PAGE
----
One thing I recommend everyone experience at least once in their lives, is the celebration of Our Lady of Guadalupe. For us Catholics in North America, especially Mexico and where there are large populations of Mexicans, it is a big religious feast day, and my favorite mass of the year. It's the one mass I like to invite non-Catholics, too, because it's as much a historical and cultural experience as it is a spiritual one. Our Lady of Guadalupe celebrates our Holy Mother of the Americas, and it's a celebration of bringing people together, of worlds coming together, and most importantly it is the celebration of a mother's love. We celebrate Our Lady on December 12th each year with Aztec dancers and Mariachi music, and this year was especially special in my parish, because our Jewish and Muslim neighbors joined us in the celebration, truly symbolizing the coming together of people. Keep reading for more about this special feast day celebrating a Jewish mother, whose name has Arabic roots, and some interesting facts.
The story takes places in 1531AD when the Virgin Mary appeared to Juan Diego, an indigenous man whose name I'm guessing was not originally Juan Diego, on the Hill of Tepeyac, just outside of what is today Mexico City. During this time, Spanish colonizers were brutal with natives. Why would anyone convert to Catholicism when they were being oppressed by Catholics on their own land? So, the Virgin Mary appeared to Juan Diego, speaking his native language of Nahuatl. One thing I love greatly about the Virgin Mother is that wherever in the world she appeared, she appeared in a way that was familiar to the people of that land. So when she appeared in Lourdes, she looked like a French woman. Here on Tepeyac she appeared as a Mestiza--a little bit Spanish and a little bit native.
Our Lady asked Juan Diego to build a church on this site in her honor, so Juan Diego went to the archbishop of Mexico City to tel him what had happened. Of course, the archbishop did not believe him. So then she appeared to Juan Diego again, and asked him to keep insisting. The second time Juan Diego went to the archbishop, the archbishop sent him back to Tepeyac and asked him to ask the lady for a true and miraculous sign to prove who she was. So, she appeared to Juan Diego again on Tepeyac and agreed to the request. She told him to expect the miracle the next day, December 11th. Unfortunately, Juan Diego's uncle fell ill the next day and he had to help his uncle, therefore missed meeting the Holy Mother. When he went to fetch a priest for his uncle on the 12th for a final confession and blessing, he tried to go around the hill to avoid the embarrassment of seeing the Holy Mother after not meeting her the previous day. However, she appeared to him anyways. She asked him, "¿No estoy yo aquí que soy tu madre?" (Am I not here, I who am your mother?). Then she preceded to assure him that his uncle was fully recovered and to go to the top of the hill to gather flowers. The hill was normally barren, especially in December, but when Juan Diego made his way to the top of the hill, it was full of blooming Castillian roses, not native to Mexico. The Holy Mother helped arrange the flowers in his tilma (his cloak), and when he opened his cloak to the bishop, the flowers fell out and an image of Our Lady of Guadalupe was imprinted on his cloak. This cloak was made of poor material and should have deteriorated within decades, but 488 years later the tilma shows no signs of decay.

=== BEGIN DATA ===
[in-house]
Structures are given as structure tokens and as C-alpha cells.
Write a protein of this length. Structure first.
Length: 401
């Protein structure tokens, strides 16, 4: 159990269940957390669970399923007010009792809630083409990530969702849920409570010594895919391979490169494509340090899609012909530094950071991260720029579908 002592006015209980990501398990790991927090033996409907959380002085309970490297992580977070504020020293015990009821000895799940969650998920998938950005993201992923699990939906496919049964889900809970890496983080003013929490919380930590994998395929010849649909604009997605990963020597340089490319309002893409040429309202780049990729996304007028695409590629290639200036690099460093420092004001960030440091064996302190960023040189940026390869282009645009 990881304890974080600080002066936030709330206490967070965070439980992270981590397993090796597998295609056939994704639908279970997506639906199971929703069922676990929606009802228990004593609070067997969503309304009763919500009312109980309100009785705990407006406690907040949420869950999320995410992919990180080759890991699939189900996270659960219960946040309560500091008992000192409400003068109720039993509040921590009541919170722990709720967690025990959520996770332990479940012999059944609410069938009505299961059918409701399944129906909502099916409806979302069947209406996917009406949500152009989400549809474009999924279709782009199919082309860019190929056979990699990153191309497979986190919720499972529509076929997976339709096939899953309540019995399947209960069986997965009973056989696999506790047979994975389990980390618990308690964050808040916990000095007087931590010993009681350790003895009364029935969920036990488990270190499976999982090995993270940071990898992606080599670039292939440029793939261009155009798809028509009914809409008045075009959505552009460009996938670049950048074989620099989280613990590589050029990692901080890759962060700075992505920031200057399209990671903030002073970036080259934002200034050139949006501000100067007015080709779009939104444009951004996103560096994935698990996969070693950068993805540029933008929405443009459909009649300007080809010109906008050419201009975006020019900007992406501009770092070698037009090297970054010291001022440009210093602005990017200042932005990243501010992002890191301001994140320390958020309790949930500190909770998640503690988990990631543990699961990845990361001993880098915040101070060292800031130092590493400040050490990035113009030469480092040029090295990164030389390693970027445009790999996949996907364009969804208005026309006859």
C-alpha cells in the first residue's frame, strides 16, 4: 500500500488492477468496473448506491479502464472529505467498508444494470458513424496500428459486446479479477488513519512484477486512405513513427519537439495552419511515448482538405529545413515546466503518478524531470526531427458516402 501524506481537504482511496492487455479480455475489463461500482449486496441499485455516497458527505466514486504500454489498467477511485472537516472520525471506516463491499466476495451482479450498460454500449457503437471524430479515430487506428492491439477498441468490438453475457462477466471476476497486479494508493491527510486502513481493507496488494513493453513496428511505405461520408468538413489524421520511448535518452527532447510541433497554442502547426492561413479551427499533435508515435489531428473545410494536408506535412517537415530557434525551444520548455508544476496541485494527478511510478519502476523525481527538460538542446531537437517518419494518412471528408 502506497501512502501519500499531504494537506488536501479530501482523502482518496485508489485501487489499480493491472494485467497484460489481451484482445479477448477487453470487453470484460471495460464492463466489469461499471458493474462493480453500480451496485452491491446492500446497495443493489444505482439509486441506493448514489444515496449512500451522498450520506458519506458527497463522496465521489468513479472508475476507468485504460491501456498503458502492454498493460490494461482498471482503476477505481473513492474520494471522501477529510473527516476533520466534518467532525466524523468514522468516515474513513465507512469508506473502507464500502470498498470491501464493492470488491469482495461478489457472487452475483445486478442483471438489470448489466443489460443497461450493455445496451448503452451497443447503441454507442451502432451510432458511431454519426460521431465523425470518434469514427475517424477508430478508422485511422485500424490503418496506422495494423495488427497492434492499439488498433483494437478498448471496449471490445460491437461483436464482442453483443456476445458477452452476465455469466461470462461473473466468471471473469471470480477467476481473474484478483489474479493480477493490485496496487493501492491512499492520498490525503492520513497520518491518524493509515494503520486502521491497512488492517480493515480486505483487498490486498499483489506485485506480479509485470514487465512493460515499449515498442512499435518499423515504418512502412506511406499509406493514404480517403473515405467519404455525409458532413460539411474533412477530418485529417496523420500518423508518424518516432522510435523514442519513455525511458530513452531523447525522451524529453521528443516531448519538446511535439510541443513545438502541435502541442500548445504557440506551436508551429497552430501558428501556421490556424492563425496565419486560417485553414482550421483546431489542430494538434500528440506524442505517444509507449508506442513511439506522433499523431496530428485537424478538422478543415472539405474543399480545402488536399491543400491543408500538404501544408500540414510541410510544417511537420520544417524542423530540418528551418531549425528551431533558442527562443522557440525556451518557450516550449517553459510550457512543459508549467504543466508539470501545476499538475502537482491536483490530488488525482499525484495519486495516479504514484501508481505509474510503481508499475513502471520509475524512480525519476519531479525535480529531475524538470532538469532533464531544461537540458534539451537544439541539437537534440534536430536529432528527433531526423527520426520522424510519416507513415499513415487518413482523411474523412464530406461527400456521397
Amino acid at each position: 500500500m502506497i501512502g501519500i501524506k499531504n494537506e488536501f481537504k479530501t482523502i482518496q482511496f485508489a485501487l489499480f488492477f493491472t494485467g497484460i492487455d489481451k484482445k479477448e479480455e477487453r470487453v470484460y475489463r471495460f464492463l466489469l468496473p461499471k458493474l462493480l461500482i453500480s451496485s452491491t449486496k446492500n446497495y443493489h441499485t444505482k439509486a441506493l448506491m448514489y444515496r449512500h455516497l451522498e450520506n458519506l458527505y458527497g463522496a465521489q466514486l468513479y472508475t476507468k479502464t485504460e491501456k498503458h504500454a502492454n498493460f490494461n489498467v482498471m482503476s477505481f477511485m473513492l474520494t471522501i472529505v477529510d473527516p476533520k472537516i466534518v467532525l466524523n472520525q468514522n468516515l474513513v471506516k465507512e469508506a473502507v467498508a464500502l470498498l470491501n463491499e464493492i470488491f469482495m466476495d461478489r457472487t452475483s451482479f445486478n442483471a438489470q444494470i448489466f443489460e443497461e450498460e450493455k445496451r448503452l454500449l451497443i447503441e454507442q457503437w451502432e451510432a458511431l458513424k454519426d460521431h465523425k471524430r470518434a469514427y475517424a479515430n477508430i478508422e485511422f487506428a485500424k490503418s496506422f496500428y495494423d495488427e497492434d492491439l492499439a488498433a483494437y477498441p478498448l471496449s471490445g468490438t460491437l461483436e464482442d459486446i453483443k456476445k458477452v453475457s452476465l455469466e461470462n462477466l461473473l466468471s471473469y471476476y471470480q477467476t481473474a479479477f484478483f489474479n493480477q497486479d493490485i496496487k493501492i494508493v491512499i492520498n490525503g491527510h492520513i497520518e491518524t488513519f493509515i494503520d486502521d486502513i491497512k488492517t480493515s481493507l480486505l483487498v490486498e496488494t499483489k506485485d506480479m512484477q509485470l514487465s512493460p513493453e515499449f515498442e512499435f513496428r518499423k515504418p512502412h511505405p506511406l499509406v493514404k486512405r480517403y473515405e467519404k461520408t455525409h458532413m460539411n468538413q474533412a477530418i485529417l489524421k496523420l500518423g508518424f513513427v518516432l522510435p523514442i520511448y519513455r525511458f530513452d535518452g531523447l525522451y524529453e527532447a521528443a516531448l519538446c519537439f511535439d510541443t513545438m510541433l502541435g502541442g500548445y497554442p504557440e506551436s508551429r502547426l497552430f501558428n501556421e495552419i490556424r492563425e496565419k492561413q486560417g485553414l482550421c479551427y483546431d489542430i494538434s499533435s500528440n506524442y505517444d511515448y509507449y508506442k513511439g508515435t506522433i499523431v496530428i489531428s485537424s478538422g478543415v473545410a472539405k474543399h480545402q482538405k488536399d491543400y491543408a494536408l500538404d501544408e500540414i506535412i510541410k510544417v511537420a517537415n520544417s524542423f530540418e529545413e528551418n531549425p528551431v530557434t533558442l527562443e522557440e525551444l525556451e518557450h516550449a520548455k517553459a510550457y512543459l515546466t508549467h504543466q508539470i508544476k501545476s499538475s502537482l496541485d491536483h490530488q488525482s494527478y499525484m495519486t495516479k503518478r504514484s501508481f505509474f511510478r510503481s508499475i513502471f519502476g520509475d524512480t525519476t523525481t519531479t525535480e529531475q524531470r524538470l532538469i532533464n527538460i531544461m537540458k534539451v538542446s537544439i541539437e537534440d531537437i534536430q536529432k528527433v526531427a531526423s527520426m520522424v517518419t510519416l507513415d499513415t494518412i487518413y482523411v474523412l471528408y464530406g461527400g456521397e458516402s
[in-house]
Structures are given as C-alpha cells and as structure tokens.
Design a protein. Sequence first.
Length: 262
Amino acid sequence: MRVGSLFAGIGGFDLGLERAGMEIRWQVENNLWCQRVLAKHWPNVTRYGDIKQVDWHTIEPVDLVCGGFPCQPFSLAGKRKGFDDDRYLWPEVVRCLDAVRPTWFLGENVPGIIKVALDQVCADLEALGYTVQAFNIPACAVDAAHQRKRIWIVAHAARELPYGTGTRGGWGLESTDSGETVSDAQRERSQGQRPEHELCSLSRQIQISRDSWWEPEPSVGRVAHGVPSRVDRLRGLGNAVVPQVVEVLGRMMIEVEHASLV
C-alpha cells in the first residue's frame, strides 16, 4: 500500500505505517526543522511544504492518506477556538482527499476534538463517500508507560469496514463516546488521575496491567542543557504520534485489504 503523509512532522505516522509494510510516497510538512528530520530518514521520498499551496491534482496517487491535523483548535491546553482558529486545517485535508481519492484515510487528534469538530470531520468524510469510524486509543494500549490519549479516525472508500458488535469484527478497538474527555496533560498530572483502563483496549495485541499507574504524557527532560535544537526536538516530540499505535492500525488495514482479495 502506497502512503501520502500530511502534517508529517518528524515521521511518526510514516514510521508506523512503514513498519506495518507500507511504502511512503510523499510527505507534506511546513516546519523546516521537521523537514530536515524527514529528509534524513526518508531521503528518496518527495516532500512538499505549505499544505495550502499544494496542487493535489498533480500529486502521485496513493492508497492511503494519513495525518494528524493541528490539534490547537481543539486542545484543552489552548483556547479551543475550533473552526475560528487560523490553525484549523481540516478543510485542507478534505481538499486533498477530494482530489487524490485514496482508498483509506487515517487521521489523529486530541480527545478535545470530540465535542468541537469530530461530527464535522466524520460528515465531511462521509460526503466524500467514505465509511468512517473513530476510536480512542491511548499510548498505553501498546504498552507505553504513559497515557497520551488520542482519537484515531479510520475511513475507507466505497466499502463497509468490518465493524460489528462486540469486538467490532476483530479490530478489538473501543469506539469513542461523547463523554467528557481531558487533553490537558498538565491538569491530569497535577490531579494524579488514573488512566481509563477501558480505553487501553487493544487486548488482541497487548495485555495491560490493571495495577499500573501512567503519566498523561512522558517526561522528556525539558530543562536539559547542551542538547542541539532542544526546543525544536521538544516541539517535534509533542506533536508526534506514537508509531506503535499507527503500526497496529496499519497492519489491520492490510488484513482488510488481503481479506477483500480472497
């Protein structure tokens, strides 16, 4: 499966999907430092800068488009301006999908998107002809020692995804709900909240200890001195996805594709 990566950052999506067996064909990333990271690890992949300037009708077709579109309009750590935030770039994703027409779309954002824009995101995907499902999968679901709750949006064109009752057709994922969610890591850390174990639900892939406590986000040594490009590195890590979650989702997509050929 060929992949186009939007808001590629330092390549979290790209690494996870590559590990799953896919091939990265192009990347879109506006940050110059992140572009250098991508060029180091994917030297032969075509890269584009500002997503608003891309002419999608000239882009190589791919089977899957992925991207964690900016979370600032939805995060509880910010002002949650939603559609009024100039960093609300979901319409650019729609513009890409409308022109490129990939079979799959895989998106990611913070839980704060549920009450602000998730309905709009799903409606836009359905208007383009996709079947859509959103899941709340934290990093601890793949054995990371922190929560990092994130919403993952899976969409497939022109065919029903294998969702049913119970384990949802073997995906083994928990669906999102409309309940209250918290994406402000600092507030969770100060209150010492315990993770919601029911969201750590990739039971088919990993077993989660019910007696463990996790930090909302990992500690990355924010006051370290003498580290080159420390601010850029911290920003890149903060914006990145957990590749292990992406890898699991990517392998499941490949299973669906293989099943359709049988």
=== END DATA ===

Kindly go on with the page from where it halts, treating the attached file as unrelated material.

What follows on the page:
Our Lady also appeared to Juan Diego's uncle and she instructed him to tell the archbishop of his miracle healing and that she wished to be known under the title Guadalupe. "Guada" derives from the Arabic word wadi, meaning valley or river, and "lupe" derives from the Latin word lupus meaning wolf. Should you remember your history lessons, Spain has its own history of mixed races, cultures, and religions. So its a fitting name she chose.
This is my favorite mass and feast day, because it's the most fun, and as I previously mentioned it's as much a cultural and historical experience as it is spiritual. The Aztec dancers and music bring an energy level that is inspiring and infectious. And what's more warming than celebrating a mother's love? It's a perfect Christmas season celebration and very much has everything to do with Christmas.
Be sure to experience Our Lady of Guadalupe at some point in your life! Of course, there's nothing like celebrating this feast day than in Mexico, but as a Catholic Angeleno I feel we do a pretty good job of it here as well, and it's a big part of our culture and identity.
My dream is to make it to the basilica one day!